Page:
How to manage personal copyright with generative AI?

Personal copyright
Image by Andrii Zastrozhnov | Bigstockphoto

Recent advances in fast development have raised complex questions about copyright because AI can generate new content based on old content. The questions may be even more challenging when personal biometric data is used. This is a legal question but also a question about technologies and also a business opportunity.

Young Paul McCartney or digital Eva Herzigová

We have seen many examples of how AI can generate new music based on someone’s style or voice. There are quite impressive examples in that video, not only recreating similar music but also making new music with the voice of a young Paul McCartney or John Lennon. These are illustrative examples of how AI is not just generating new content from old but also using personal data to produce it.

Another example is where brands can hire a supermodel’s digital twin, in this case, Eva Herzigová, for campaigns. It is basically a digitized version of her that can then be used to create new content. This creates opportunities for brands, but it also raises many questions.

Regulators and lawmakers have woken up to this situation, but the reality is that laws and regulations always follow technology development, not lead it. Emerging AI tools are opening new business opportunities and solutions like this, and copyright owners will need to manage not only their personal content but also versions modified by AI. The appearance, voice or other characteristics of stars like this involves their own biometric data.

New regulations around copyright

The EU and US are working to clarify which rules apply to generative AI content and what kind of new legislation is needed, and the EU has a specific new regulation draft for AI. The EU Parliament is considering adding obligations on providers of generative AI models, including requirements for transparency, disclosure of training data, and safeguards for AI-generated content moderation.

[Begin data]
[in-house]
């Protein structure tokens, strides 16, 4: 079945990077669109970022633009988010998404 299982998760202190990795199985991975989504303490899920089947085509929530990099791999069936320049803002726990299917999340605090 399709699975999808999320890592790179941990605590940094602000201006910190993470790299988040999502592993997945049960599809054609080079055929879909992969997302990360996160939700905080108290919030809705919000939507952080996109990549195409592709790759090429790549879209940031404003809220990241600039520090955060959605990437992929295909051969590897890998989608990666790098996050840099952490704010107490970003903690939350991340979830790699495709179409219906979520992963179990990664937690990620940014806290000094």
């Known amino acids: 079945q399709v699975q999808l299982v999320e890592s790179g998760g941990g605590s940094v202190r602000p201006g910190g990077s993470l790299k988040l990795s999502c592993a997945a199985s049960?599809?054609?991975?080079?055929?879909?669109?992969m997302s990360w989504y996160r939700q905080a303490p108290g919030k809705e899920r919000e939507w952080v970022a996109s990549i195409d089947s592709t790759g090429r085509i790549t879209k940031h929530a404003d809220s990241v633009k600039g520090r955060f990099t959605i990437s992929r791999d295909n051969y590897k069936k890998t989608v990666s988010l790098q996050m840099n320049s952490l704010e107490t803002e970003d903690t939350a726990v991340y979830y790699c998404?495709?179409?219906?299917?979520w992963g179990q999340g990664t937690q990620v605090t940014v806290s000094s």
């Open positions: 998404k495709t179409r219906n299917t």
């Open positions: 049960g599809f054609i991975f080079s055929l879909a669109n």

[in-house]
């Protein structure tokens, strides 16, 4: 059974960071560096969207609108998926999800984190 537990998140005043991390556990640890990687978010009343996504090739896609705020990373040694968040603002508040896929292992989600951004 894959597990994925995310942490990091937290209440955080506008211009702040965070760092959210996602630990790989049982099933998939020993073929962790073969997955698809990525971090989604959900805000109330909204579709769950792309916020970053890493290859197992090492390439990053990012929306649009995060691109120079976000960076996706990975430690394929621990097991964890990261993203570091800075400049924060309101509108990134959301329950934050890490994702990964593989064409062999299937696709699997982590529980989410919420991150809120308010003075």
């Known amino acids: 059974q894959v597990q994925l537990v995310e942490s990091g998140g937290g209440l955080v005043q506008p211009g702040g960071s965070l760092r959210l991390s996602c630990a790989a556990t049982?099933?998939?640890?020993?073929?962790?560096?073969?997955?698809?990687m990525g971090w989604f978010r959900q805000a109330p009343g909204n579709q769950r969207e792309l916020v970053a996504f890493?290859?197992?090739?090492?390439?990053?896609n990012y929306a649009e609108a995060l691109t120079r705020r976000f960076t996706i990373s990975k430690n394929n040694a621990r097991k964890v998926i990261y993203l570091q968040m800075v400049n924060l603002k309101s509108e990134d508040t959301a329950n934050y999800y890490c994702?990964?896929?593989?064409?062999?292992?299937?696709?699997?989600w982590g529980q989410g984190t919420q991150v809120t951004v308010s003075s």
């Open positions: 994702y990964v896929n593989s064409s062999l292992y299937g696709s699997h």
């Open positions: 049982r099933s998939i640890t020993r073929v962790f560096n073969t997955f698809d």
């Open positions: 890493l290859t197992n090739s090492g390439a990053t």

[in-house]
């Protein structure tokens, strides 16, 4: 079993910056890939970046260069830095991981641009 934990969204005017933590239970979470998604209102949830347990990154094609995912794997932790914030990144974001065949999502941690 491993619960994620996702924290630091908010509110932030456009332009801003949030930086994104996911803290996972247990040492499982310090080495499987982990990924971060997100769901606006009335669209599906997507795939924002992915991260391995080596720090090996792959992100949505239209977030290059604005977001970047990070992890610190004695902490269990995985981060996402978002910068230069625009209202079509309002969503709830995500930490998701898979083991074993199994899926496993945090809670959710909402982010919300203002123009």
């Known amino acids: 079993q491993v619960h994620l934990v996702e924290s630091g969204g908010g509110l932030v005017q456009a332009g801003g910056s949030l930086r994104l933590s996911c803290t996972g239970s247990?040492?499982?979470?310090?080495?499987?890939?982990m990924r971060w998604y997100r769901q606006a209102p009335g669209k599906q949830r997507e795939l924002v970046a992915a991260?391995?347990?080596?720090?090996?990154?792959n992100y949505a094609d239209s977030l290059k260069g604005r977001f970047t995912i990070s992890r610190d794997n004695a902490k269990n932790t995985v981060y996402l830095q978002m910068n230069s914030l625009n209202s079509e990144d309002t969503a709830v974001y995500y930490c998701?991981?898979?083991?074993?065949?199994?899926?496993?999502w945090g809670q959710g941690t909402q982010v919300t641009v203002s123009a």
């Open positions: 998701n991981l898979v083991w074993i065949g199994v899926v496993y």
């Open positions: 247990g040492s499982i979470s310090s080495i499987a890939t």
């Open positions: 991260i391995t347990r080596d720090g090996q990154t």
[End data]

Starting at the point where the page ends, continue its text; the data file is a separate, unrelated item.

The transparency obligation in the proposed AI Act requires providers to document and publicly disclose the use of training data protected by copyright. Specifically, the questions are linked to the copyright implications of generative AI from the perspectives of input (training) and output (generated content).

In the EU, the Commercial TDM (The Exception for Text and Data Mining) exception in the Copyright in the Digital Single Market (CDSM) Directive provides an opt-out mechanism for rights holders. Some commentators see this approach as a way to increase the bargaining power of rights holders and facilitate licensing deals, while others raise concerns about market concentration and exploitation of creators. Transparency requirements regarding copyrighted works in datasets are being called for to address these concerns.

But the question about the concentration of the copyright market also raises other questions, specifically who are the original copyright owners.

Not only content but our biometrics, too